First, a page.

RR Movies: US Presidents

Well, the first debate has happened, so the race is definitely on. Let’s get this out of the way now: US Presidents.

There have been plenty of ’em, both real and fictional, with a President in both serious and comedy roles (Jack Nicholson in Mars Attacks! comes to mind) but I’ll suggest Anthony Hopkins’ turn as Nixon, in all his sweaty, paranoid deviousness.

What presidential films would you recommend?

RR Movies: Kindness

What with aid convoys and soldiers being equally bombable and refugees being compared to cheap, disposable sweets (as well as the usual, everyday cruelties that seem to be getting increasingly heartless), I’m asking for some kindness this week.

Maybe we look to films for excitement and challenges, so there aren’t too many that have kindness at their core? I’ll suggest The Sessions, based on a true story, in which a professional kindness is also a personal one.

What kind of kind film would you recommend?


RR Movies: Myths and Legends

The RR playlists for this topic concerned Ulysses, Avalon, Xanadu and so on, but I have chosen it because yesterday’s news item about the report recommending legalisation of cannabis in the UK for medicinal use demonstrates that the Home Office still believes in the old myth that cannabis is a harmful drug (whose active ingredient can only be turned into a beneficial drug by a profit-seeking pharmaceutical company).

Please indulge yourselves with LOTR, Labyrinth, vampires and monsters, if you will, but I’ll kick off with Calvary, a film based on the Bible story which juxtaposes reality and irrational belief to good effect (imho, as usual).

RR Movies: Scandal

I was hoping that we’d done hubris or hypocrisy but no, the nearest I’m going to get to this week’s gob-smacking example of both is scandal.

OK, there are no oranges or gimp masks involved, but the revelations about Mr Vaz’s private tastes have scandalised many newspaper editors and once again chipped away at the image that people in politics are beacons of truth and integrity.

At least he didn’t break the law. Dirk Bogarde did, and did so when homophobia was not only accepted but expected. People were scandalised by a lot less back then.


What films about scandal get you worked up?

RR Movies: Greed

I could have continued down the list of topics from week 1 but that’s something of an endless quest methinks…

So, following Shoey’s lead, I’ll pick a topic relating to the news*: greed. It doesn’t have to be greed for money – there are plenty of films about greed for power, sex, food and so on – but I’ll kick this off with Scorsese’s amoral romp, The Wolf Of Wall Street. It’s crammed with greedy, grabbing arseholes, but they did seem to have fun.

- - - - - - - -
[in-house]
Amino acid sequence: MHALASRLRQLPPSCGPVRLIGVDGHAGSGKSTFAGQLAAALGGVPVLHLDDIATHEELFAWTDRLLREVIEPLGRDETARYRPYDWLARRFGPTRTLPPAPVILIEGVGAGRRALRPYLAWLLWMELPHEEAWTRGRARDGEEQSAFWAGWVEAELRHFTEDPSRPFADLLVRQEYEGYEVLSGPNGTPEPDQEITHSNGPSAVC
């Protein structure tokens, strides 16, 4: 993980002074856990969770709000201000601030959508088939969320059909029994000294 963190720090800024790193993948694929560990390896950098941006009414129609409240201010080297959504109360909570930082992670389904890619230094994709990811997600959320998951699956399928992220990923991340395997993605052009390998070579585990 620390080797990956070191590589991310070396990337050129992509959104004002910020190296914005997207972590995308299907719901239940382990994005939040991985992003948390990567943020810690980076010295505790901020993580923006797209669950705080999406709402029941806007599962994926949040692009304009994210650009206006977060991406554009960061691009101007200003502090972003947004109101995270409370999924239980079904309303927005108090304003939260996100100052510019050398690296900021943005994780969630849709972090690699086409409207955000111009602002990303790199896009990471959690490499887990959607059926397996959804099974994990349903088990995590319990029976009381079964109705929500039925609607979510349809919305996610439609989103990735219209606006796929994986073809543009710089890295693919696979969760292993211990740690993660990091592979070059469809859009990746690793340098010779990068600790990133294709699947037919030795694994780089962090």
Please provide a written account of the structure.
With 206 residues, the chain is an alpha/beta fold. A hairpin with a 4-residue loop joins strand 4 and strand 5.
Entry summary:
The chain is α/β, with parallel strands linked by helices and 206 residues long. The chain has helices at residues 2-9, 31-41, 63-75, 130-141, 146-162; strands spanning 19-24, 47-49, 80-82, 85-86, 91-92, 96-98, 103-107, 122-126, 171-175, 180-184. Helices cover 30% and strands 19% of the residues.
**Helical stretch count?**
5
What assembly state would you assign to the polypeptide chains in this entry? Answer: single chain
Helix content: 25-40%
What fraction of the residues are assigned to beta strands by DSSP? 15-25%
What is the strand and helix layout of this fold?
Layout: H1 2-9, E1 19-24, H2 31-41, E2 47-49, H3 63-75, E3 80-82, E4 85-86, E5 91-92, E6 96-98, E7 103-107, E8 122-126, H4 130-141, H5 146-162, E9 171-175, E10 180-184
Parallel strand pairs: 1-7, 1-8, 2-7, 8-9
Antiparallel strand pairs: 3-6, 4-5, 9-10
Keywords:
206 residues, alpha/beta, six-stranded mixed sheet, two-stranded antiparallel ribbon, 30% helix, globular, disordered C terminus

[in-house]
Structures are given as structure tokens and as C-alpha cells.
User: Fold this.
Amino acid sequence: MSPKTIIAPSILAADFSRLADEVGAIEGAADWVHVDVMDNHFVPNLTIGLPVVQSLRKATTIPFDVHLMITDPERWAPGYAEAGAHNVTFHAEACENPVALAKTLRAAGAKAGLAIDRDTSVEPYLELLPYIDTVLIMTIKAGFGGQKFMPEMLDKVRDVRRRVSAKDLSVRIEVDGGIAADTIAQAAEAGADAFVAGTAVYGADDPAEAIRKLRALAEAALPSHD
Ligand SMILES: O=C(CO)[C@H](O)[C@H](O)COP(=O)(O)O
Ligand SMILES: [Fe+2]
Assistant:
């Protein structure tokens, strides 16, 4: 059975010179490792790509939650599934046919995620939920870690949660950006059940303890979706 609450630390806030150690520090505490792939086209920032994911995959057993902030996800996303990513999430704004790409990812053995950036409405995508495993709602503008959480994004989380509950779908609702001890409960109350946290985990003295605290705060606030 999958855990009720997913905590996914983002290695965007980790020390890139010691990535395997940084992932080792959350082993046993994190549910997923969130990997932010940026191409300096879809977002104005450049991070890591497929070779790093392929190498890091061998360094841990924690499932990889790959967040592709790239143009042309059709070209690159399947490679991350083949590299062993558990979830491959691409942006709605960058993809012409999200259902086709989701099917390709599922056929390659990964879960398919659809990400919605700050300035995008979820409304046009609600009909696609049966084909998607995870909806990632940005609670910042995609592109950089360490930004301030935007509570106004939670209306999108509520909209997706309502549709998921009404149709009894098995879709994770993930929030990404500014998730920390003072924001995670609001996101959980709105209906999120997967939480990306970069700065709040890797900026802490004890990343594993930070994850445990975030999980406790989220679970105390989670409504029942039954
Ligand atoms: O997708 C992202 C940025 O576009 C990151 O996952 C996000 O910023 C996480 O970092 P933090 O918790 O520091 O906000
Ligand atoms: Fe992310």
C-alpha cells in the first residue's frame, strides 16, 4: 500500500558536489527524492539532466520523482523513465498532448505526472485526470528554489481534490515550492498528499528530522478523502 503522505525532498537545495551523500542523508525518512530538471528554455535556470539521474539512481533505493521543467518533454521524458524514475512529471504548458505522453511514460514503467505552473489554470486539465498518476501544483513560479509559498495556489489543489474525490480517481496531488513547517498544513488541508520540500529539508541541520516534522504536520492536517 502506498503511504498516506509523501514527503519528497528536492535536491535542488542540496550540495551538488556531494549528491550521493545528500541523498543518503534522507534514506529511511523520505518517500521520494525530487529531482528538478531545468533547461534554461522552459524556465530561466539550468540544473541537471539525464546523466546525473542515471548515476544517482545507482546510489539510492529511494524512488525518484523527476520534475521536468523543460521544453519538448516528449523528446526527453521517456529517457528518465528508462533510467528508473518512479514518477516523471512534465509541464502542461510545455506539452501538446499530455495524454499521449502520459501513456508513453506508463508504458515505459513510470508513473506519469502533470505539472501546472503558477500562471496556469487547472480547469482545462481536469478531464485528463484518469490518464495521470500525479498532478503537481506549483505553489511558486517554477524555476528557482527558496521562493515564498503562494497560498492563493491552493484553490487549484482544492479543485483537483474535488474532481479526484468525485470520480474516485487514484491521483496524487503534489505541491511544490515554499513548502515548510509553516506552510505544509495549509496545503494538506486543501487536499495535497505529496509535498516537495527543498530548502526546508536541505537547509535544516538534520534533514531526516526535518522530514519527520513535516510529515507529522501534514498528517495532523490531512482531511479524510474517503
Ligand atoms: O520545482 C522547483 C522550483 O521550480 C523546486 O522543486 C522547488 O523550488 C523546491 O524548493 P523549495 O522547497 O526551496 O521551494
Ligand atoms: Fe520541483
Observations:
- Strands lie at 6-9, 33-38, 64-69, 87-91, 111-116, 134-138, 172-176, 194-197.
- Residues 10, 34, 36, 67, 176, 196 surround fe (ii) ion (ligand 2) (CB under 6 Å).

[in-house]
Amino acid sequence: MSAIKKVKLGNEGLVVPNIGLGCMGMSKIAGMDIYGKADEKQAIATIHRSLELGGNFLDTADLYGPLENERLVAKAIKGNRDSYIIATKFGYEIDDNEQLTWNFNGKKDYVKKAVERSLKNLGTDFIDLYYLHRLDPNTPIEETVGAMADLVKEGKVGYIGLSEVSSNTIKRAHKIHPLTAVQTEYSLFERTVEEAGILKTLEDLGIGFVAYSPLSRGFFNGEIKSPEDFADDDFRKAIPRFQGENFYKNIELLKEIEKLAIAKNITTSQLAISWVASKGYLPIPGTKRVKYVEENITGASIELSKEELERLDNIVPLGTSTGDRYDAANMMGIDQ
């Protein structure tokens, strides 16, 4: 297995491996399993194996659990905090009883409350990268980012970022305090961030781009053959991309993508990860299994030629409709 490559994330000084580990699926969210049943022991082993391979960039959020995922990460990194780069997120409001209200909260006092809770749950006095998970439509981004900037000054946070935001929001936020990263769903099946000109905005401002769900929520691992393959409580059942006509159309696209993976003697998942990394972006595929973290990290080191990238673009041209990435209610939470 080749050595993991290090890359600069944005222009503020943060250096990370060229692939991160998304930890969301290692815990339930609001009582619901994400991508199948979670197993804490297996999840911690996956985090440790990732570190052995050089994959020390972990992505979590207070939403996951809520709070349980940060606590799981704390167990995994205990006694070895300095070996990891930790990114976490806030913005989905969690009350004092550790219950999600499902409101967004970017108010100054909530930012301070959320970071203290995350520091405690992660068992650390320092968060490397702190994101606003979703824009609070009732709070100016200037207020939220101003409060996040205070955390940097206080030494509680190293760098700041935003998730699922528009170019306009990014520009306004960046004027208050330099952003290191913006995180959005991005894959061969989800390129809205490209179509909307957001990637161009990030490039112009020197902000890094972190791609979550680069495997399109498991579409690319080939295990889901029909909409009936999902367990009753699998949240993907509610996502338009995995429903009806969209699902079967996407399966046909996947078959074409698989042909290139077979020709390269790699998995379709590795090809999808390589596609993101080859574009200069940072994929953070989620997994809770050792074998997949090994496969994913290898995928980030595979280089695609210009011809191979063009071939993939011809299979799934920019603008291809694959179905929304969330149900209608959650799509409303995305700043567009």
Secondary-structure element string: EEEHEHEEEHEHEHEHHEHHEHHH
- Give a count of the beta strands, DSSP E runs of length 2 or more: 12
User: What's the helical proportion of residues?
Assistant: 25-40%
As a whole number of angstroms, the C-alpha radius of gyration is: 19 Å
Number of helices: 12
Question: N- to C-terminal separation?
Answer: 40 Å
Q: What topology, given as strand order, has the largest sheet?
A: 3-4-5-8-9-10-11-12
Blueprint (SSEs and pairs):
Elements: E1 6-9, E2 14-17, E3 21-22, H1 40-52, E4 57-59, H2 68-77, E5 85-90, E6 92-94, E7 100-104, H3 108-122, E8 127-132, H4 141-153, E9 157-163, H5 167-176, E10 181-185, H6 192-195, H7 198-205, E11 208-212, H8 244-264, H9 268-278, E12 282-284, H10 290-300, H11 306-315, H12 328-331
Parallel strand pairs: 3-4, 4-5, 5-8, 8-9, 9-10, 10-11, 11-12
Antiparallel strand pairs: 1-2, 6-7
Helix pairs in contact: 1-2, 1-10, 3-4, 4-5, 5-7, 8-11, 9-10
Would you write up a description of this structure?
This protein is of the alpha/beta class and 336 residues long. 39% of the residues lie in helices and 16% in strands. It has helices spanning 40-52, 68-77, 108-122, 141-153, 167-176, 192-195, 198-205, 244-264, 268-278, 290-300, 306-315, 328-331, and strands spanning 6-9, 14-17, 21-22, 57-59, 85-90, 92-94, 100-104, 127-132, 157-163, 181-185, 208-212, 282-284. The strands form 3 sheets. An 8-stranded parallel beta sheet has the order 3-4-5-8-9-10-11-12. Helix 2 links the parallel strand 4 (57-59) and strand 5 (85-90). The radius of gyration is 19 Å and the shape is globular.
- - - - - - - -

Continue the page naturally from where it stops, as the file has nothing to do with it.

What films about greed would you recommend?

*A fruit-based company might have to shed less than 1% of its $200bn (no, sorry, it’s now $230bn) stash.

RR Movies: Lies

I’ll continue following Shoey’s train, as I said I would last week*, and ask for films about lies.

My first thought was Festen, in which terrible truths are revealed at a wedding, but that may be more about keeping secrets than telling lies (a bit of nit-picking that also rules out Mike Leigh’s great Secrets And Lies). I considered Compliance, in which an unseen authority figure lies to see how easy it is to humiliate a burger shop employee (answer: all too easy), but have settled on Philomena. It’s the true story of how the Catholic Church in Ireland lied (and continued to lie for decades) about the fate of the babies they took from ‘unwed mothers’. It’s shockingly good.

What films about lies would you recommend?

*Oh, no I didn’t….

RR Movies: School

I sense Shoey’s RR:Revisted series is perhaps running out of steam, so I’ll consciously uncouple it from my movie follow-up series and simply pick topics from the Marconium. Until we all get bored…..

The first RR topic ever (and Shoey’s first re-visitation) was Change and the second one was School. An obsession of the US film industry – just watch those hormones kick in! –  British and European takes on the subject tend to be a little more serious and/or sinister. Lindsay Anderson’s If, for example, or last year’s The Falling, from Carol Morley:

What school-based films would you recommend?